Earlier this month, Muslim men participating in a serene evening prayer ritual at Lewiston Auburn Islamic Center were sharply interrupted: A severed, frozen pig's head, slightly larger than a basketball, was thrown into the mosque.

The man charged in the incident, 33-year-old Brent Matthews of Lewiston, told police it was a joke. But community leaders and others say the act was a hate crime, and the incident has heightened concerns that local discrimination against Somalis has not eased.

"Our message is simple: An attack on any house of worship is an attack on all houses of worship," Rabbi Hillel Katzir told a group of about 150 Wednesday including the town's mayor, governor, students and community activists who rallied in support of the Somali worshippers.

Muslims are prohibited from eating pork, and the Council on American-Islamic Relations contends the act was an insult upon Islam. The Rev. Jodi Hayashida from First Universalist Church in Auburn said the incident was no harmless prank. Instead, she said it represented a type of "casual hatred" that demanded a response from the Lewiston-Auburn community.

"A line has been crossed, a line that is very dangerous and a line that this community cannot afford to cross," she said.

Lewiston is home to more than 2,000 Somali refugees, who began moving there in 2001 for affordable housing. Their move to the former mill town of about 35,000 along the Androscoggin River has not been without a few bumps along the way.

In 2002, then-Mayor Larry Raymond created a furor by asking Somali community leaders to stop the influx. White supremacists tried to stir things up with a rally, but they were shouted down and local residents rallied in support of the Somalis.

Four years later, though, it's evident that tensions remain.

This week, the state attorney general filed a civil complaint against a white woman from Greene who is accused of spitting on a Somali man and using racial slurs in a traffic confrontation last November in Lewiston.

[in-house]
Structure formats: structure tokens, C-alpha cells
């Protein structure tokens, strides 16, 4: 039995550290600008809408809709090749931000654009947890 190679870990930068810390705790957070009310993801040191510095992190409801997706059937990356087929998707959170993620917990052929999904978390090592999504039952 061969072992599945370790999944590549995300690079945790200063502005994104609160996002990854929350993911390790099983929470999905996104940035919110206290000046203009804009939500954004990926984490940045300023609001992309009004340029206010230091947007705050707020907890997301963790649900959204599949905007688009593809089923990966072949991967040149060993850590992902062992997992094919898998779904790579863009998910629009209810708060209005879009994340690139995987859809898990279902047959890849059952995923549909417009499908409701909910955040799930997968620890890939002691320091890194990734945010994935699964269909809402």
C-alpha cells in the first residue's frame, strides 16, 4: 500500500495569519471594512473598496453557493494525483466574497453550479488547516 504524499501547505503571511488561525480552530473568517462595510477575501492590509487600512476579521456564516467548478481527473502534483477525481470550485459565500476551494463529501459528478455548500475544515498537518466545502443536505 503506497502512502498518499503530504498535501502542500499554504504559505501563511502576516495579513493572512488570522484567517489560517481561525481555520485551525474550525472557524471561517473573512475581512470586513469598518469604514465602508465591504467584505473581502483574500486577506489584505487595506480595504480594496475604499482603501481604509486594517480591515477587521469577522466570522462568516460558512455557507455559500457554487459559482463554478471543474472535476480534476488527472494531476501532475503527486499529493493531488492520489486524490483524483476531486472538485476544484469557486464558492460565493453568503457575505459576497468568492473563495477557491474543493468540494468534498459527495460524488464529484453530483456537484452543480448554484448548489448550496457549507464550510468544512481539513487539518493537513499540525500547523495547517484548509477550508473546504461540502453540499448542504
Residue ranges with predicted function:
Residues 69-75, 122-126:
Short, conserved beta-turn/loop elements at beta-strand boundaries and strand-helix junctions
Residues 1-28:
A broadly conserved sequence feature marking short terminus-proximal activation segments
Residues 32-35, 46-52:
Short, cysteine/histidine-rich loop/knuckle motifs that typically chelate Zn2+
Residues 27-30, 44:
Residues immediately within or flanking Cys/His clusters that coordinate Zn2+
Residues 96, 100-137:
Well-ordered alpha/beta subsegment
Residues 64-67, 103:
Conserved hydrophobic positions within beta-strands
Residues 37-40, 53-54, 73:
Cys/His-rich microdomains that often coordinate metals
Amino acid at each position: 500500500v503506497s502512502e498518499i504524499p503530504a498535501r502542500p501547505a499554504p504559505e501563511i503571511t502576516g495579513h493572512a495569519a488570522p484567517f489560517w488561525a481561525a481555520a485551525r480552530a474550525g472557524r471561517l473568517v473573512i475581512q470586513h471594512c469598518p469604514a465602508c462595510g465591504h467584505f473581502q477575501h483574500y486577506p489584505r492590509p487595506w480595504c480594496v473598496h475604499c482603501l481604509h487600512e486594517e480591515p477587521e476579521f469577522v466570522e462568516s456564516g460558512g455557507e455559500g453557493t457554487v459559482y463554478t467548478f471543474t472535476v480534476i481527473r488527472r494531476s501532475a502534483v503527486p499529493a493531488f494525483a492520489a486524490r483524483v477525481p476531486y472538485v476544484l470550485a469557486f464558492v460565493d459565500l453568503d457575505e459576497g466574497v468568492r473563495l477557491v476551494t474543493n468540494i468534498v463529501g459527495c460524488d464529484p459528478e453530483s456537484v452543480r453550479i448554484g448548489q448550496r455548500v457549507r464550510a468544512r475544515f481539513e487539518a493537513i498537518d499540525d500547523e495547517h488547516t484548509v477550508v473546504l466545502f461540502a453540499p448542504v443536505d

Matthews was charged with desecration of a place of worship, a misdemeanor, following the pig's head incident. The attorney general is reviewing the incident to determine whether to prosecute under Maine's civil rights statute. Also, the FBI has been conferring with local police to determine if federal hate crimes laws were violated.

Defense lawyer James Howaniec, who asked a judge for a gag order to prevent officials from further discussing the incident in the media, declined comment Wednesday.

"We feel that too much has been said about this case already. It's our intention to let this case be resolved in the court system where it belongs," Howaniec said.

Ibrahim Hooper, spokesman for the Washington-based Council on American-Islamic Relations, said the pig's head incident fits with what he sees as a pattern of vandalism against mosques, with recent incidents in Indiana, Arizona, and Maryland.

Overall, though, FBI statistics show that hate crimes against individual Muslims have declined since the Sept. 11 terrorist attacks. In 2001, there was a high of 366 cases, and the figure has steadily declined to 32 in 2005, said FBI spokesman Bill Carter.

Hussein Ahmed, who was in the mosque when the pig's head was thrown in, said the incident backfired on the suspect.

Instead of dividing the mosque and the Lewiston-Auburn community, "he brought us closer together," Ahmed said.